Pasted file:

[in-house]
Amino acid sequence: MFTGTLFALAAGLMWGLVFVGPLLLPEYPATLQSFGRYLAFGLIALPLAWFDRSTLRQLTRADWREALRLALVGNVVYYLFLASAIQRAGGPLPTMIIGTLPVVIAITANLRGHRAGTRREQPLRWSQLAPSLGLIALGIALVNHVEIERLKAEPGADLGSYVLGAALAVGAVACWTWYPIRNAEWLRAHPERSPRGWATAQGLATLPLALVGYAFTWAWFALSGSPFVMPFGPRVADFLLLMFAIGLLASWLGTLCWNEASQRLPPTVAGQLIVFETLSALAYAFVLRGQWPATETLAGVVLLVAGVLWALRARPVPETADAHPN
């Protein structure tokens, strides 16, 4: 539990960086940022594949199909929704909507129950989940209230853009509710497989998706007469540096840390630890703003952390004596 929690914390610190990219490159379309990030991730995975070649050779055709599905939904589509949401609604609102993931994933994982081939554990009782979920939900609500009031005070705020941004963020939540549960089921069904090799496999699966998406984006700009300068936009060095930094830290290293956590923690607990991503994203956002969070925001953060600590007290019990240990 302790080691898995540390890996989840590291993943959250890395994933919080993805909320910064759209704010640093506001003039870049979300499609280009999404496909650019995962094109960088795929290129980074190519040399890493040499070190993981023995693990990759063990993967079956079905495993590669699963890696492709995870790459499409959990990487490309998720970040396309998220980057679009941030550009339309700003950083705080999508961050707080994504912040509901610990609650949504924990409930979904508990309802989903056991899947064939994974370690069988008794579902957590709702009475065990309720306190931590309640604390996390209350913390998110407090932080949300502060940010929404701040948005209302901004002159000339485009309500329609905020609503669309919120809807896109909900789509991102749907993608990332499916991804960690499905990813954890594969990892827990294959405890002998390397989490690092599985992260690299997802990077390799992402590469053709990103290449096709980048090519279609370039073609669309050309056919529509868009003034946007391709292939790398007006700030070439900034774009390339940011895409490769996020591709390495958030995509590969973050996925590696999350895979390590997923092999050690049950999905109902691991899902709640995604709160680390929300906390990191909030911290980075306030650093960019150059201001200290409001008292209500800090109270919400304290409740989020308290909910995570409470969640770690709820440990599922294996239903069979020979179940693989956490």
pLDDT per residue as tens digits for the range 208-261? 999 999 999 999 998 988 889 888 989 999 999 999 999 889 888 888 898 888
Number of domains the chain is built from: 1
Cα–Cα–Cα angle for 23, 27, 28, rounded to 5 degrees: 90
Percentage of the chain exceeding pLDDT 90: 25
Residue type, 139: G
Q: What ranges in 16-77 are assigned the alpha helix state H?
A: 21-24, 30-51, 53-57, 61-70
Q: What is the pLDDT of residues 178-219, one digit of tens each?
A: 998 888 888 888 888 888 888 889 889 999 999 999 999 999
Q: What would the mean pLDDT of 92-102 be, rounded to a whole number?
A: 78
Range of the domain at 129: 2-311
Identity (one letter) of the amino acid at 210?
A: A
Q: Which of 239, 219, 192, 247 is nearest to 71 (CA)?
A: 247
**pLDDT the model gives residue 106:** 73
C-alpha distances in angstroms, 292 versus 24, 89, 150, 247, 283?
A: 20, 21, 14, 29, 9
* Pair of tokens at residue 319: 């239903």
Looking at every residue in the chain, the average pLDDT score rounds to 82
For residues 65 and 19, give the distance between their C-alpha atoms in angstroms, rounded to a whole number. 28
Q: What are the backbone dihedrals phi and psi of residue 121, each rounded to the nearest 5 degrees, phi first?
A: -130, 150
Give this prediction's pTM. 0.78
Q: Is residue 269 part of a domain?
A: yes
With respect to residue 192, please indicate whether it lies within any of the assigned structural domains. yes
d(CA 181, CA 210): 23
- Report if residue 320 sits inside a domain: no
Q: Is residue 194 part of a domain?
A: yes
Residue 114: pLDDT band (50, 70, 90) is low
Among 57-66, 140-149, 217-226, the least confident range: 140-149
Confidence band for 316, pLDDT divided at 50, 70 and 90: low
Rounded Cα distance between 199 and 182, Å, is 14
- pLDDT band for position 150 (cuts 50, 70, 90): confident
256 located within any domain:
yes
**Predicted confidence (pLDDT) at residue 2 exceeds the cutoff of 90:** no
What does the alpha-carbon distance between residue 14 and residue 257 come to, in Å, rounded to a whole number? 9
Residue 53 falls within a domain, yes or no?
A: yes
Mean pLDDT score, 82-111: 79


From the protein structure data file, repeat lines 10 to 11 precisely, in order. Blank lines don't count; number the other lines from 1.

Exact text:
A: 21-24, 30-51, 53-57, 61-70
Q: What is the pLDDT of residues 178-219, one digit of tens each?